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Clunkers or Junkers? Adverse Selection in a Vehicle Retirement Program

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  • Ryan Sandler

Abstract

Vehicle retirement programs have become popular tools of public policy for reducing pollution. The efficacy of these programs is difficult to measure, as it is difficult to tell how much a vehicle would have polluted otherwise. I estimate that counterfactual using data from a long-running local program in California. I utilize the universe of emissions inspections from the California Smog Check Program to construct vehicle usage histories of retired cars and similar vehicles which did not retire early. I find that the program's cost-effectiveness steadily declined over time because of the depreciation of the vehicle fleet, while adverse selection remained a problem throughout. (JEL D82, Q53, Q58, R48)

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File URL: http://www.aeaweb.org/articles.php?doi=10.1257/pol.4.4.253
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Bibliographic Info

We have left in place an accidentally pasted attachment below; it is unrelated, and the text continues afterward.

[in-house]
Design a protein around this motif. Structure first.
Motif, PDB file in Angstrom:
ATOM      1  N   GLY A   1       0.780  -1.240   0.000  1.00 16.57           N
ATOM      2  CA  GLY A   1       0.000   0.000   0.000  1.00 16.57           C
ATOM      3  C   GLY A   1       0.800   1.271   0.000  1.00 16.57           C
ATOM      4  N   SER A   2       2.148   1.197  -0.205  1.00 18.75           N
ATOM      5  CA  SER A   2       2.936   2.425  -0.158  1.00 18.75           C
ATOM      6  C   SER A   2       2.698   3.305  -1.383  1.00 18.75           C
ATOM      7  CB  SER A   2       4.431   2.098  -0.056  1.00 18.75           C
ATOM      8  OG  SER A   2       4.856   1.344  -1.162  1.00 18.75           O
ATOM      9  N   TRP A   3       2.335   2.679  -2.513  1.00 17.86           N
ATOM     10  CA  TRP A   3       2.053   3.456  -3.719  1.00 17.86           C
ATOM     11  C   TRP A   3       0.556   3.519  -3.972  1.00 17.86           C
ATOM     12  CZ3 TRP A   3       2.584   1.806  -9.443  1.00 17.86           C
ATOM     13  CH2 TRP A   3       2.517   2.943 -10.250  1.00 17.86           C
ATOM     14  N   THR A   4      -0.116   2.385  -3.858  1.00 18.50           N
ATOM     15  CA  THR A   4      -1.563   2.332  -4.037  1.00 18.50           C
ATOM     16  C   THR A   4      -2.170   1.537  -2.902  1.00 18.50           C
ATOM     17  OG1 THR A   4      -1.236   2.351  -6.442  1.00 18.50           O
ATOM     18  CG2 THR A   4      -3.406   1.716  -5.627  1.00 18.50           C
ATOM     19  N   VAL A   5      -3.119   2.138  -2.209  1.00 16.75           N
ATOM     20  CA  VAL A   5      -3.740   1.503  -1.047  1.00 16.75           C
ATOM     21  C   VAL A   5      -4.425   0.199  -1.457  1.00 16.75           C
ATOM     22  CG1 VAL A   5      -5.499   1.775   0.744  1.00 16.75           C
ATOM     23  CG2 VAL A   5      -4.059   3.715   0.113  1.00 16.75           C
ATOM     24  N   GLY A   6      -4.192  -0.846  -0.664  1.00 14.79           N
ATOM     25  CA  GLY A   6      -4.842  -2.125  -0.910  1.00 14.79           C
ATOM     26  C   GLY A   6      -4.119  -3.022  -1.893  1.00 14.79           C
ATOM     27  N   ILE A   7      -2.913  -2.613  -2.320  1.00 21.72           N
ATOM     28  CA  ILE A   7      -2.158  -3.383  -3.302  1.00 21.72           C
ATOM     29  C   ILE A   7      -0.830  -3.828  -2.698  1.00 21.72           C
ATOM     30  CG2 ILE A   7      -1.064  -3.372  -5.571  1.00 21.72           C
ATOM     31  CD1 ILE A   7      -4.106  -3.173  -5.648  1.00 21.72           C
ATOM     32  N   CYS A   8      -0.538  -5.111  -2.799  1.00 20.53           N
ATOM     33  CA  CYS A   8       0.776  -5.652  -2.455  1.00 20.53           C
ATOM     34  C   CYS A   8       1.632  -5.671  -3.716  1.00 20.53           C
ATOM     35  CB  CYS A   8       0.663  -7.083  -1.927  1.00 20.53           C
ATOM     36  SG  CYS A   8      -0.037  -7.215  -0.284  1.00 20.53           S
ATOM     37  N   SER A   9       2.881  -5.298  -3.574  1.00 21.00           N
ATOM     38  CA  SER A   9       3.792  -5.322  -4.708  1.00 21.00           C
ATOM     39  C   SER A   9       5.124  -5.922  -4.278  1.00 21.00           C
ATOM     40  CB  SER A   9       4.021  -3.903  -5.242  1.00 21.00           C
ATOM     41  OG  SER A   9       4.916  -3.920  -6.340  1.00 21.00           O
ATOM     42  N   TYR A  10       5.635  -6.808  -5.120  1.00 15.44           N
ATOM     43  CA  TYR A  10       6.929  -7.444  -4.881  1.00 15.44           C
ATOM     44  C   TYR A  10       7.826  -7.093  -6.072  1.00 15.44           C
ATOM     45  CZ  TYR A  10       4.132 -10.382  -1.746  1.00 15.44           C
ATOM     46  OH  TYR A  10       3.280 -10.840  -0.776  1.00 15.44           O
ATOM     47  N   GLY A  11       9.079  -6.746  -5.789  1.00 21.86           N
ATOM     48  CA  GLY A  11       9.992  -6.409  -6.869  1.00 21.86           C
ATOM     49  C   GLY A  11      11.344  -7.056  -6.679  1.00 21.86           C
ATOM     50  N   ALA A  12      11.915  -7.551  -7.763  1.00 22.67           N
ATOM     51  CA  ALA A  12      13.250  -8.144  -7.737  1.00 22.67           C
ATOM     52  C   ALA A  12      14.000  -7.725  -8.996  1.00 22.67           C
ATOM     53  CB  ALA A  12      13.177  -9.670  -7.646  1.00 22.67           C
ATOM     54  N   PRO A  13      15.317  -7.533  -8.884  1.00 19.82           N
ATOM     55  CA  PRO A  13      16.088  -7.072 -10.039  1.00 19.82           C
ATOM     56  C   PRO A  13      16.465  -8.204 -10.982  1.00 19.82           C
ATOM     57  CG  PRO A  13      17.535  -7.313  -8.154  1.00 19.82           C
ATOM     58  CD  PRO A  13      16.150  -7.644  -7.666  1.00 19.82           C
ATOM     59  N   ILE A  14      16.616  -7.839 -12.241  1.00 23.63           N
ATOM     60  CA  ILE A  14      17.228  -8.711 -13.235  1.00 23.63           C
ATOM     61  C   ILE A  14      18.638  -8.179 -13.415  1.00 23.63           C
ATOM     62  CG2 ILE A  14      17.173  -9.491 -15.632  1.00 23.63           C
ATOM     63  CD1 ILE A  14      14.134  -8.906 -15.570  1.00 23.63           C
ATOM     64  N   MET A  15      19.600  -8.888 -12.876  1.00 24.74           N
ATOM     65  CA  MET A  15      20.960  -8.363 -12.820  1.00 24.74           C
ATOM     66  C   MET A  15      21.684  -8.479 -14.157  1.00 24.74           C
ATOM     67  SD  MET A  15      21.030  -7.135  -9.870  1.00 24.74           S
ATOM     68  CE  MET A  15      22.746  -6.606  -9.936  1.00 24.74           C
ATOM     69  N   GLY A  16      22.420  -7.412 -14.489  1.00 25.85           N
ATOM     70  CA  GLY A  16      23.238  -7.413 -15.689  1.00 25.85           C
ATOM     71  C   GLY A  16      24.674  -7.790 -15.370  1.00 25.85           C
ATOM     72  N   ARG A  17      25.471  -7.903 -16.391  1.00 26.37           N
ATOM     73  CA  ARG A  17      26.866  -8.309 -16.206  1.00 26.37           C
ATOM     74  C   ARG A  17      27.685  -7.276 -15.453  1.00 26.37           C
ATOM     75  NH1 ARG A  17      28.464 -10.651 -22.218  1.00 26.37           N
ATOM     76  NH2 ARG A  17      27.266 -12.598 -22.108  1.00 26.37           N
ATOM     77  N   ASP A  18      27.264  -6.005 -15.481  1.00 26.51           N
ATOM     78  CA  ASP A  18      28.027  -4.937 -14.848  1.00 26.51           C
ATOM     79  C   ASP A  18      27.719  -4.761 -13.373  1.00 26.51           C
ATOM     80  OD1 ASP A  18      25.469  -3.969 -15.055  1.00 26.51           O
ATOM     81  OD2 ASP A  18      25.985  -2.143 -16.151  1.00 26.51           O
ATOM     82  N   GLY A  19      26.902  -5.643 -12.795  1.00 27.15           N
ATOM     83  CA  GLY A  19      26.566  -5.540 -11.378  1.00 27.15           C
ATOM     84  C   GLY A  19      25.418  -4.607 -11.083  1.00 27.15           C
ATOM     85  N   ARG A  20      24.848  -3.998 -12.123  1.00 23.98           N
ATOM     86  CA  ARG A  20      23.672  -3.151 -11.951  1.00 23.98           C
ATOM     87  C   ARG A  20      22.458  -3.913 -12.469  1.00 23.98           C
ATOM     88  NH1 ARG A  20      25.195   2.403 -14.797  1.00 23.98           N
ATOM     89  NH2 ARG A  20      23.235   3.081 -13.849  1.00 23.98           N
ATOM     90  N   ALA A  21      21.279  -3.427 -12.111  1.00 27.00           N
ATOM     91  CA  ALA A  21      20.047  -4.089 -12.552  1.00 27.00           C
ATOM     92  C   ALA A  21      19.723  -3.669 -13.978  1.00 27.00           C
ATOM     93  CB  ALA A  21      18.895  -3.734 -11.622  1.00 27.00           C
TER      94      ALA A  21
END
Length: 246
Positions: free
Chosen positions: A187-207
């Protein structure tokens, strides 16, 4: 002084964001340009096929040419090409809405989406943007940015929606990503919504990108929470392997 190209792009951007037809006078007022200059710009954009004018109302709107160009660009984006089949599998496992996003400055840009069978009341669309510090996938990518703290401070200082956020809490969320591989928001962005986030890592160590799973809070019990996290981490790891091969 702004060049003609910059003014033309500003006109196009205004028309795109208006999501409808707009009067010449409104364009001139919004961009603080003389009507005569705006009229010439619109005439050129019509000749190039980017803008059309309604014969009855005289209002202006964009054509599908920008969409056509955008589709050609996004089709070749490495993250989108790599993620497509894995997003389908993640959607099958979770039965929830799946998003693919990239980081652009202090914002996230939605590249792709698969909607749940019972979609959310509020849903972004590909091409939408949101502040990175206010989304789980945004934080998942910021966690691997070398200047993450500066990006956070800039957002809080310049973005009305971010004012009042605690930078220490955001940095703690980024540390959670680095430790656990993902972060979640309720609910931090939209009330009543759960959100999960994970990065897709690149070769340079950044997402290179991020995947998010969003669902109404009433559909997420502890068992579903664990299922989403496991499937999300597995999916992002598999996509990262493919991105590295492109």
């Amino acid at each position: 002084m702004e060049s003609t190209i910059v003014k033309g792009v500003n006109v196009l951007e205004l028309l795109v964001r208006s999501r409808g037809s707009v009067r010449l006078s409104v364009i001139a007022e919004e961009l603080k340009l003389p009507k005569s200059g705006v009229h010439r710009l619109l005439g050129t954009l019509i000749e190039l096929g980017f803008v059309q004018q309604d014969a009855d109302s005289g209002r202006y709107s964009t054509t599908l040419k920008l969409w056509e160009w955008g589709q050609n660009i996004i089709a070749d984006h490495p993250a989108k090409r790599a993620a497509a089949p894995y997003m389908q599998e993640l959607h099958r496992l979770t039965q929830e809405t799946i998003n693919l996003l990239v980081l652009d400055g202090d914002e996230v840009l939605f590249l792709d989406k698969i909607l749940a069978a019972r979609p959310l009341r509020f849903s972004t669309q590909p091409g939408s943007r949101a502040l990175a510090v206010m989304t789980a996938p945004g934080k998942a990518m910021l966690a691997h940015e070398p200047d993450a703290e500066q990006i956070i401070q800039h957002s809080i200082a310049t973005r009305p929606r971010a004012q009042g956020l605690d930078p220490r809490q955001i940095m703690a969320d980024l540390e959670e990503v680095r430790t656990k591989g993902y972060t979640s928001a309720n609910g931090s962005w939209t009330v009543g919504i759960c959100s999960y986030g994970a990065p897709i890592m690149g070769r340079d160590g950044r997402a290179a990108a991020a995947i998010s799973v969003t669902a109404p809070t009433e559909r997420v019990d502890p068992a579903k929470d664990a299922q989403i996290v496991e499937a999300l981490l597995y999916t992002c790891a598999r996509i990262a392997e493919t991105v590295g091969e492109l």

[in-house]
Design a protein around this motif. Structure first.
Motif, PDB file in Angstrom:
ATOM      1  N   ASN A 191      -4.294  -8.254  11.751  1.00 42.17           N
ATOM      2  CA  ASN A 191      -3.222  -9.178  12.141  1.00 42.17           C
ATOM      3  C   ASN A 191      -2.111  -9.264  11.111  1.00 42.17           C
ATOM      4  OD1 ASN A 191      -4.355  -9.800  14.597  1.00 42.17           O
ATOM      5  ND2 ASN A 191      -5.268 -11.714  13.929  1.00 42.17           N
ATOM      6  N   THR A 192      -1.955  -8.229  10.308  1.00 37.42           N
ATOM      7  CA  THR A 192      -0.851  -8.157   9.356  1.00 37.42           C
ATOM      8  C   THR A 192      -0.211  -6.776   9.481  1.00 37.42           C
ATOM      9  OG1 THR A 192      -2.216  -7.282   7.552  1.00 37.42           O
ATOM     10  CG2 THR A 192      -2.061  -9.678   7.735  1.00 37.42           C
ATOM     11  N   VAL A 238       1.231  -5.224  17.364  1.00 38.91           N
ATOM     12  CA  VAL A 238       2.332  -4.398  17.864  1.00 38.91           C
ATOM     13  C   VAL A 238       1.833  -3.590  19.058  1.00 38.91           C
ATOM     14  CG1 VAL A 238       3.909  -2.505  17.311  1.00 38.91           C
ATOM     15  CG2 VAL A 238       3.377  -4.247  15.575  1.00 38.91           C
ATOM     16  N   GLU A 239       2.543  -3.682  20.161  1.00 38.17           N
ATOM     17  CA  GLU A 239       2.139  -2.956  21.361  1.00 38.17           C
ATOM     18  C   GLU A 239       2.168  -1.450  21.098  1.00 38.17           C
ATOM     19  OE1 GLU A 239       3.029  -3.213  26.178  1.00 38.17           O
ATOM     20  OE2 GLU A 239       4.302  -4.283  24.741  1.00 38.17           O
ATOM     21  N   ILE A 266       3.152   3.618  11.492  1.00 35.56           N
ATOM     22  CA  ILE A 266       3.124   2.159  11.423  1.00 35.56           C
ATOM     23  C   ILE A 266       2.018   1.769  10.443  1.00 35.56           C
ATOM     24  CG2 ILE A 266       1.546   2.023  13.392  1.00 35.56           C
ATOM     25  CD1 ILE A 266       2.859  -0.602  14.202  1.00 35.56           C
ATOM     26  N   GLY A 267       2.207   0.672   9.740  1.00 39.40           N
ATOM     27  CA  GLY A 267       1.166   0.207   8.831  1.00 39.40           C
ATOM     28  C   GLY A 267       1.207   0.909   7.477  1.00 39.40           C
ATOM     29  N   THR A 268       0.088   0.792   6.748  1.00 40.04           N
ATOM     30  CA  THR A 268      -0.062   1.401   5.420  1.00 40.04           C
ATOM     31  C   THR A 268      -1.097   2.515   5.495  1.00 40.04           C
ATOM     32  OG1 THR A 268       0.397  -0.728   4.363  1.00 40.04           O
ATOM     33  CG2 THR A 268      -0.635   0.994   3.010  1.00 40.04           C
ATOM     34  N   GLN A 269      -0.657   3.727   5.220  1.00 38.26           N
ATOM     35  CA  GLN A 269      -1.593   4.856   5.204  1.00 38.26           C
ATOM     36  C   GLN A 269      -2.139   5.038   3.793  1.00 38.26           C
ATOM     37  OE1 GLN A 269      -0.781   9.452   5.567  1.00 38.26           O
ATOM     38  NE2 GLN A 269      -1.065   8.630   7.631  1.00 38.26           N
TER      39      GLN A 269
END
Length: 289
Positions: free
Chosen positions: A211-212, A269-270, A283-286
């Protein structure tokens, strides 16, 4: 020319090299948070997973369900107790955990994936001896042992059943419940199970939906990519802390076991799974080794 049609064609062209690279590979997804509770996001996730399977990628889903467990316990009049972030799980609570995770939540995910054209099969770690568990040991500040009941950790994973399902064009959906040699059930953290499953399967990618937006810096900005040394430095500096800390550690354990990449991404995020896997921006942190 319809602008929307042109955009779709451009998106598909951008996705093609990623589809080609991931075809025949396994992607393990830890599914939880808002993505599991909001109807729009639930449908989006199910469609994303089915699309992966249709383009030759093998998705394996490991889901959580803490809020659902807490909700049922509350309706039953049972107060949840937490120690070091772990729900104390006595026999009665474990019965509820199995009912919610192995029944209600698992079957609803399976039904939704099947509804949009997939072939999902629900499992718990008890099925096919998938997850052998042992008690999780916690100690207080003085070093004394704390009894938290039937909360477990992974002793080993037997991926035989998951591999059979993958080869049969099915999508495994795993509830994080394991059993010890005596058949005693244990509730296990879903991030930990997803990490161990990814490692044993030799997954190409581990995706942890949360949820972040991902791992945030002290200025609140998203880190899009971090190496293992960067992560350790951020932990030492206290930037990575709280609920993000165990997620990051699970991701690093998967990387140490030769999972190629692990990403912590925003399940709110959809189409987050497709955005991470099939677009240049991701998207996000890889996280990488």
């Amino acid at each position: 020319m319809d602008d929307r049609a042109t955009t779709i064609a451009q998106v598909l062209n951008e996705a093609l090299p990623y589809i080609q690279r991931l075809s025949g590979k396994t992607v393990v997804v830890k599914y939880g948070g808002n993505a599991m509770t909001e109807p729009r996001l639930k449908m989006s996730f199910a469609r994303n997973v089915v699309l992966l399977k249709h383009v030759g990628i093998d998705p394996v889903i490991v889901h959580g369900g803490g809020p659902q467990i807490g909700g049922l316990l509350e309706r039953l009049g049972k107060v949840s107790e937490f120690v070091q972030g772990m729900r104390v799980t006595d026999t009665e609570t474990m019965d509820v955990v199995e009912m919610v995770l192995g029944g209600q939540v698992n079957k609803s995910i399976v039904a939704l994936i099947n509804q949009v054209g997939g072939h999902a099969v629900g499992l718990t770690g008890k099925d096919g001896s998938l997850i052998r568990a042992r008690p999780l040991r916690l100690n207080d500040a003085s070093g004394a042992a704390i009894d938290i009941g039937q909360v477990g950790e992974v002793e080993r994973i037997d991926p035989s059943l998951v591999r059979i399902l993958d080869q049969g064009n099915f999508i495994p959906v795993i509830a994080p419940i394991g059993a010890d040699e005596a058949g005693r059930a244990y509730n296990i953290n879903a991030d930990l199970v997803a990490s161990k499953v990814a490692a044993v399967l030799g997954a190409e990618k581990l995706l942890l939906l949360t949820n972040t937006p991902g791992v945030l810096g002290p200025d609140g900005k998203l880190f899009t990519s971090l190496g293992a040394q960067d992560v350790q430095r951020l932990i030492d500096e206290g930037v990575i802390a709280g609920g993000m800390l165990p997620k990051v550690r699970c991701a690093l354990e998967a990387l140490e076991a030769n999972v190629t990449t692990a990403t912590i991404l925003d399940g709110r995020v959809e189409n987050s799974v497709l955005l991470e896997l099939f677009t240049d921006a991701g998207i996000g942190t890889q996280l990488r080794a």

Article provided by American Economic Association in its journal American Economic Journal: Economic Policy.

Volume (Year): 4 (2012)
Issue (Month): 4 (November)
Pages: 253-81

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Handle: RePEc:aea:aejpol:v:4:y:2012:i:4:p:253-81

Note: DOI: 10.1257/pol.4.4.253
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Cited by:
  1. Anna Alberini & Will Gans & Charles Towe, 2013. "Free Riding, Upsizing, and Energy Efficiency Incentives in Maryland Homes," Working Papers 2013.82, Fondazione Eni Enrico Mattei.
  2. Werner Antweiler & Sumeet Gulati, 2013. "Market-Based Policies for Green Motoring in Canada," Canadian Public Policy, University of Toronto Press, vol. 39(s2), pages 81-94, August.
  3. Christopher R. Knittel & Ryan Sandler, 2013. "The Welfare Impact of Indirect Pigouvian Taxation: Evidence from Transportation," NBER Working Papers 18849, National Bureau of Economic Research, Inc.

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